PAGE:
Sunday, January 17, 2021

Alone with My Thoughts….and My Fears

As the months of mask wearing and lockdowns drone on, how are you doing?

Last spring, when we locked down and started to fight the virus, my focus was on survival.  I needed to make a certain amount of money every day just to keep the bills paid, so 100% of my energy was on getting that income.

I made it, thanks to making the most of the opportunities in front of me, the stimulus checks, and a tax refund.  Now I’m juggling three different jobs and starting to rebuild my emergency fund.  I’m good until April, when hopefully there will be an uptick in tutoring.  There won’t be a repeat of last spring’s grade forgiveness this year.

As the immediate needs cleared, the pandemic….didn’t.  One of the biggest negatives to this lengthy isolation is that I’m spending way too much time alone with my thoughts, especially as the cold winter weather kept me indoors and at home.  I realized I have spent so much time in survival mode—most of the past decade—that I have failed to do a lot of the planning and maintenance to avoid bigger crises.

Instead, when the unexpected happens, I fly into a panicked tizzy.  I can’t think, I can’t breathe, I can’t find my way out of the box.  I become a drama queen of epic proportions, making impulsive decisions that end up costing energy and time and money I don’t have, my mind racing through all the possibilities and breakdowns and failures and what else could go wrong.

No wonder I often feel like I’ve built a house of cards with my life, constantly holding my breath, waiting for something to blow it all down with one puff of air.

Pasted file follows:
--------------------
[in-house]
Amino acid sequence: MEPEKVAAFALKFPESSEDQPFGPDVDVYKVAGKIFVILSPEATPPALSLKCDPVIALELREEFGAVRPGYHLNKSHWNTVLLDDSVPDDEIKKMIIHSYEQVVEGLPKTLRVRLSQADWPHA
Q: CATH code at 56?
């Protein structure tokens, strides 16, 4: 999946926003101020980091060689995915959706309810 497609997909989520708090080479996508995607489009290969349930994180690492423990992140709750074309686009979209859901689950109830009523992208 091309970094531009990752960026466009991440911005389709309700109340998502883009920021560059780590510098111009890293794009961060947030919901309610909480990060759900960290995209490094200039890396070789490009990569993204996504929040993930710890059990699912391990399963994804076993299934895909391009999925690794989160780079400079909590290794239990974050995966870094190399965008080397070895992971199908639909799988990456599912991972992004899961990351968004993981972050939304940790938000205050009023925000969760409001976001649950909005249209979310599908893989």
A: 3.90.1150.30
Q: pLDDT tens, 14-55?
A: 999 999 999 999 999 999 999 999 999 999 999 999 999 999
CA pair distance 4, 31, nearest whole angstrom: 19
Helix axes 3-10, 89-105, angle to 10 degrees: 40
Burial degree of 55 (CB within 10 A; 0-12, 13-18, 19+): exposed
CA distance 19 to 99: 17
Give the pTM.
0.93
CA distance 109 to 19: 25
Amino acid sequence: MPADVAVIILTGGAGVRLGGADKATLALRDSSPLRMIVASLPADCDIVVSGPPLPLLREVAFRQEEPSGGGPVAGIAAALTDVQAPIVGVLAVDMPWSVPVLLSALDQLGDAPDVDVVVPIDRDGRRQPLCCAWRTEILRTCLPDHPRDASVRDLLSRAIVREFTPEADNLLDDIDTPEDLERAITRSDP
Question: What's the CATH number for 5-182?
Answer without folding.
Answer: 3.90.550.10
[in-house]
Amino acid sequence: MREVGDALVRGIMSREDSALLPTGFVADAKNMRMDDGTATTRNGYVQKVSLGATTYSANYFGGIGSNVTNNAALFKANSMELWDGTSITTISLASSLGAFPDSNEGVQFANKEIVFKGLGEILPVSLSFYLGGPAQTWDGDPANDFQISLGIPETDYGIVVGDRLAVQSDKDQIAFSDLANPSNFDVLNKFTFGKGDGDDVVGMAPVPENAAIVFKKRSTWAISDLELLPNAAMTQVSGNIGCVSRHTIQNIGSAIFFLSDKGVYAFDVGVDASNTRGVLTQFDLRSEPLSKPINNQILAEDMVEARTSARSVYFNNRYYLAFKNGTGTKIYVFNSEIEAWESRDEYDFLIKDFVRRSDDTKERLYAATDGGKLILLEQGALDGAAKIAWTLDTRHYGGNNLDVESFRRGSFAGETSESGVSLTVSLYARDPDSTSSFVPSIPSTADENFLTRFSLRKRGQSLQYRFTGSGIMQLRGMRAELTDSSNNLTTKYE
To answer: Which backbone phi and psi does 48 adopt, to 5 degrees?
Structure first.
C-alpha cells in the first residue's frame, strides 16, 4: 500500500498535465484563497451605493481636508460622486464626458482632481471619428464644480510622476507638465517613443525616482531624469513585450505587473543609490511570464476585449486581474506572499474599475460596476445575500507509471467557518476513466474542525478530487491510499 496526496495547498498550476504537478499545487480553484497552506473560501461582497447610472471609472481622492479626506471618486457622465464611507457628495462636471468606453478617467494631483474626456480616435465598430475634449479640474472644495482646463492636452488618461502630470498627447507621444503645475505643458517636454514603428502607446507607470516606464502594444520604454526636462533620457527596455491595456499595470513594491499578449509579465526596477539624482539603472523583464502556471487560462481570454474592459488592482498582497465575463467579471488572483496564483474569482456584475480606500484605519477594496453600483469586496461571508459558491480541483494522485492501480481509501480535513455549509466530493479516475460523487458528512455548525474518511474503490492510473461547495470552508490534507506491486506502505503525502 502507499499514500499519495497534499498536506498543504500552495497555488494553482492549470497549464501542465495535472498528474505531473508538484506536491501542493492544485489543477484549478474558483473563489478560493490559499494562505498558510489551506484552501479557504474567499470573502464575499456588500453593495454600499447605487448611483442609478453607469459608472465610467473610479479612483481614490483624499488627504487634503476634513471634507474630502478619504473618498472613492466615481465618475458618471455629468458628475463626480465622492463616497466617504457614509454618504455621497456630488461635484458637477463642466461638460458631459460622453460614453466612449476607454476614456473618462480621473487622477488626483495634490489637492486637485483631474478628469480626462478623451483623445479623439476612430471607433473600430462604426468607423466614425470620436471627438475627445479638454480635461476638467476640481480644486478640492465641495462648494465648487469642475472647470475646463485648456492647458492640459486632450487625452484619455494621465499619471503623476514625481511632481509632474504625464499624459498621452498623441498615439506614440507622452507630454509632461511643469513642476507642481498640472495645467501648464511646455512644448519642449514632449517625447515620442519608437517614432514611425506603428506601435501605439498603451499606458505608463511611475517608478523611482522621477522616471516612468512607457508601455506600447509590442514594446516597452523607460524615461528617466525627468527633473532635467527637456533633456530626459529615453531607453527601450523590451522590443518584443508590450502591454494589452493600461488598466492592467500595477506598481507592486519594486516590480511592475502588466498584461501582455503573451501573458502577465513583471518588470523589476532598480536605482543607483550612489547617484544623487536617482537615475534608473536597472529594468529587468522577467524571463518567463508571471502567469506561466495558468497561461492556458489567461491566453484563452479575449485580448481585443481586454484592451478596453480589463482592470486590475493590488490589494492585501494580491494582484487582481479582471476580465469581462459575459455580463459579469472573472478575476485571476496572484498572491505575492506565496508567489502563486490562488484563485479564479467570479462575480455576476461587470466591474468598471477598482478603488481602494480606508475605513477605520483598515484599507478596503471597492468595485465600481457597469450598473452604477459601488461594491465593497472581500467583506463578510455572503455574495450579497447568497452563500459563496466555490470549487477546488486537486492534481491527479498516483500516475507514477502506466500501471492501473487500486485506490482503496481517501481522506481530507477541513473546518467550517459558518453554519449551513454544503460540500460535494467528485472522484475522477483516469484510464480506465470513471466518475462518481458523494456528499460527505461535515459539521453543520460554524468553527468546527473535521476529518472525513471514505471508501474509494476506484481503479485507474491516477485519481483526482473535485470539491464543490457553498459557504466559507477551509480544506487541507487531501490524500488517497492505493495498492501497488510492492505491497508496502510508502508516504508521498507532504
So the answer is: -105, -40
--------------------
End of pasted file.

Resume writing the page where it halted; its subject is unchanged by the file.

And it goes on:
When you have a 20 step procedure to make a cup of coffee in the morning and have a panic attack every time your laptop reboots, everything is a ticking time bomb of calamity.  The efforts to diffuse one stressor creates a downward spiral of compulsions and rules and steps.  Suddenly, I’m trapped within the maze of my own creation, filled with dead ends and monsters with no way to escape.

Well, there are plenty of ways to escape, from going out for coffee or playing on my phone or watching Marvel movies or just dreaming.  I’ve spent more time than I care to admit using these distractions to avoid the inevitable, but I always end up back in the maze with no end in sight and the time bombs even closer to 0:00.

The only way out of the maze of my mind…is taking one step at a time, moving to ease the anxiety and prepare for the emergencies.  Like getting my oil changed.  Scheduling the physical that was supposed to be my birthday present last year.  (I’m going to have to figure out this calf-cramping issue if I have any hope of qualifying for Boston, right?)  Even the baby step of making an Outlook task with whatever needs to get done, so I can start listing the steps that need to take place, gets me closer to the exit.

What I see every morning when I wake up and get out of bed.
You cannot live in fear and succeed.

If I am going to live the life of my dreams, I cannot be so afraid of what life could throw at me. 

Friday, January 15, 2021

The Labyrinth

Lost

In the labyrinth of my head

The giant maze of all my responsibilities

My brain on overload

 

I need to press forward

To stay ahead of my bills

To stay ahead of my life

Before the house of cards falls down

 

It’s like the game we played